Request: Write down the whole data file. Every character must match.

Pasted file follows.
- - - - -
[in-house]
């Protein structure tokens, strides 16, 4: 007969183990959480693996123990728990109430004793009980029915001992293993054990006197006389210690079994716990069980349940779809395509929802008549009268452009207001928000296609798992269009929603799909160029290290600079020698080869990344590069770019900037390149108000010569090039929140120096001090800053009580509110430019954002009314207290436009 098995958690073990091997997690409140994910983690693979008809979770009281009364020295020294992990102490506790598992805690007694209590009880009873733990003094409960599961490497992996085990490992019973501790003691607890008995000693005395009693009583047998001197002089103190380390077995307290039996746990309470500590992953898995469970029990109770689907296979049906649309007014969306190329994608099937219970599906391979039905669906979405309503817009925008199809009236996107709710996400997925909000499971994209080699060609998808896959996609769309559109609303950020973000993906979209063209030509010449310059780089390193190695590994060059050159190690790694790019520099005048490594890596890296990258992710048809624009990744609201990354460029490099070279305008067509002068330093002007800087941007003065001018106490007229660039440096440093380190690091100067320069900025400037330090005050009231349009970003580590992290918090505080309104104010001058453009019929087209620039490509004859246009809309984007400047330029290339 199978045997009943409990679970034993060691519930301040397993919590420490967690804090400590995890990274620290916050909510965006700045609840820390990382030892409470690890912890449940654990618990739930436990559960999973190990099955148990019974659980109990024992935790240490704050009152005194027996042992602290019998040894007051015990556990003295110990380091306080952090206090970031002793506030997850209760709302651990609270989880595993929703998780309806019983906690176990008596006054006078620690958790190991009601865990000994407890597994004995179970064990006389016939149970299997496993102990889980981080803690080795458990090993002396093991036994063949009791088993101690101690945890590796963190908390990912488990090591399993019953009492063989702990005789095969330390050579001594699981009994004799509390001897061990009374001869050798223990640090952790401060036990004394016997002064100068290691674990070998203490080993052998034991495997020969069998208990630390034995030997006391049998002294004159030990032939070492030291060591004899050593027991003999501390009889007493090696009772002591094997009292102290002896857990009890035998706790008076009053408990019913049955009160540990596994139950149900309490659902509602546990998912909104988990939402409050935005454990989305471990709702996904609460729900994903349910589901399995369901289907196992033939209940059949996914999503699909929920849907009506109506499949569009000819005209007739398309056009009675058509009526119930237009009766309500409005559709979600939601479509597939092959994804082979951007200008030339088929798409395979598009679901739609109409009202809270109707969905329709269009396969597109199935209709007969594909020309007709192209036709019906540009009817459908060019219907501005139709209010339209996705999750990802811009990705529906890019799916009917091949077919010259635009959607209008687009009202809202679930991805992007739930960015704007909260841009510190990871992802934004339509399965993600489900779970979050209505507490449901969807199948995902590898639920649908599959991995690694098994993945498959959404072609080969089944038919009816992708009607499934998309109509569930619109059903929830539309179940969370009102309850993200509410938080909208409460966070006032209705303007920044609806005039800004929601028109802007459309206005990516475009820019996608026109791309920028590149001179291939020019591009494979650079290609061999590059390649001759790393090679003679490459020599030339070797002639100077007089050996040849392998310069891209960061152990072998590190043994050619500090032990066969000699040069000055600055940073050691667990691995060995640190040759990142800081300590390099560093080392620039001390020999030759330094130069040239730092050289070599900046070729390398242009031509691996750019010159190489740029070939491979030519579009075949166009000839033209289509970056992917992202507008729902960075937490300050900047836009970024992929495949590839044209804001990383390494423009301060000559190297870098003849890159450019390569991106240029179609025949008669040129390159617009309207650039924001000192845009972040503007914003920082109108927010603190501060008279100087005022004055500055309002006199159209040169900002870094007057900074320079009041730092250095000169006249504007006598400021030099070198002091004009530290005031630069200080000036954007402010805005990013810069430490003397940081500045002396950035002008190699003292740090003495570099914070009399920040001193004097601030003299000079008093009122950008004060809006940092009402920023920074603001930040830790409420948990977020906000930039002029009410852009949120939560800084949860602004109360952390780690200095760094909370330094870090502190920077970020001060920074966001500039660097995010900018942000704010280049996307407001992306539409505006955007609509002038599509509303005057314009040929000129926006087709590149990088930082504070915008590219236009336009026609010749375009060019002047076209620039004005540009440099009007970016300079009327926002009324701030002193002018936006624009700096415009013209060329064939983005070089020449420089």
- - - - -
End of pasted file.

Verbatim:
[in-house]
């Protein structure tokens, strides 16, 4: 007969183990959480693996123990728990109430004793009980029915001992293993054990006197006389210690079994716990069980349940779809395509929802008549009268452009207001928000296609798992269009929603799909160029290290600079020698080869990344590069770019900037390149108000010569090039929140120096001090800053009580509110430019954002009314207290436009 098995958690073990091997997690409140994910983690693979008809979770009281009364020295020294992990102490506790598992805690007694209590009880009873733990003094409960599961490497992996085990490992019973501790003691607890008995000693005395009693009583047998001197002089103190380390077995307290039996746990309470500590992953898995469970029990109770689907296979049906649309007014969306190329994608099937219970599906391979039905669906979405309503817009925008199809009236996107709710996400997925909000499971994209080699060609998808896959996609769309559109609303950020973000993906979209063209030509010449310059780089390193190695590994060059050159190690790694790019520099005048490594890596890296990258992710048809624009990744609201990354460029490099070279305008067509002068330093002007800087941007003065001018106490007229660039440096440093380190690091100067320069900025400037330090005050009231349009970003580590992290918090505080309104104010001058453009019929087209620039490509004859246009809309984007400047330029290339 199978045997009943409990679970034993060691519930301040397993919590420490967690804090400590995890990274620290916050909510965006700045609840820390990382030892409470690890912890449940654990618990739930436990559960999973190990099955148990019974659980109990024992935790240490704050009152005194027996042992602290019998040894007051015990556990003295110990380091306080952090206090970031002793506030997850209760709302651990609270989880595993929703998780309806019983906690176990008596006054006078620690958790190991009601865990000994407890597994004995179970064990006389016939149970299997496993102990889980981080803690080795458990090993002396093991036994063949009791088993101690101690945890590796963190908390990912488990090591399993019953009492063989702990005789095969330390050579001594699981009994004799509390001897061990009374001869050798223990640090952790401060036990004394016997002064100068290691674990070998203490080993052998034991495997020969069998208990630390034995030997006391049998002294004159030990032939070492030291060591004899050593027991003999501390009889007493090696009772002591094997009292102290002896857990009890035998706790008076009053408990019913049955009160540990596994139950149900309490659902509602546990998912909104988990939402409050935005454990989305471990709702996904609460729900994903349910589901399995369901289907196992033939209940059949996914999503699909929920849907009506109506499949569009000819005209007739398309056009009675058509009526119930237009009766309500409005559709979600939601479509597939092959994804082979951007200008030339088929798409395979598009679901739609109409009202809270109707969905329709269009396969597109199935209709007969594909020309007709192209036709019906540009009817459908060019219907501005139709209010339209996705999750990802811009990705529906890019799916009917091949077919010259635009959607209008687009009202809202679930991805992007739930960015704007909260841009510190990871992802934004339509399965993600489900779970979050209505507490449901969807199948995902590898639920649908599959991995690694098994993945498959959404072609080969089944038919009816992708009607499934998309109509569930619109059903929830539309179940969370009102309850993200509410938080909208409460966070006032209705303007920044609806005039800004929601028109802007459309206005990516475009820019996608026109791309920028590149001179291939020019591009494979650079290609061999590059390649001759790393090679003679490459020599030339070797002639100077007089050996040849392998310069891209960061152990072998590190043994050619500090032990066969000699040069000055600055940073050691667990691995060995640190040759990142800081300590390099560093080392620039001390020999030759330094130069040239730092050289070599900046070729390398242009031509691996750019010159190489740029070939491979030519579009075949166009000839033209289509970056992917992202507008729902960075937490300050900047836009970024992929495949590839044209804001990383390494423009301060000559190297870098003849890159450019390569991106240029179609025949008669040129390159617009309207650039924001000192845009972040503007914003920082109108927010603190501060008279100087005022004055500055309002006199159209040169900002870094007057900074320079009041730092250095000169006249504007006598400021030099070198002091004009530290005031630069200080000036954007402010805005990013810069430490003397940081500045002396950035002008190699003292740090003495570099914070009399920040001193004097601030003299000079008093009122950008004060809006940092009402920023920074603001930040830790409420948990977020906000930039002029009410852009949120939560800084949860602004109360952390780690200095760094909370330094870090502190920077970020001060920074966001500039660097995010900018942000704010280049996307407001992306539409505006955007609509002038599509509303005057314009040929000129926006087709590149990088930082504070915008590219236009336009026609010749375009060019002047076209620039004005540009440099009007970016300079009327926002009324701030002193002018936006624009700096415009013209060329064939983005070089020449420089």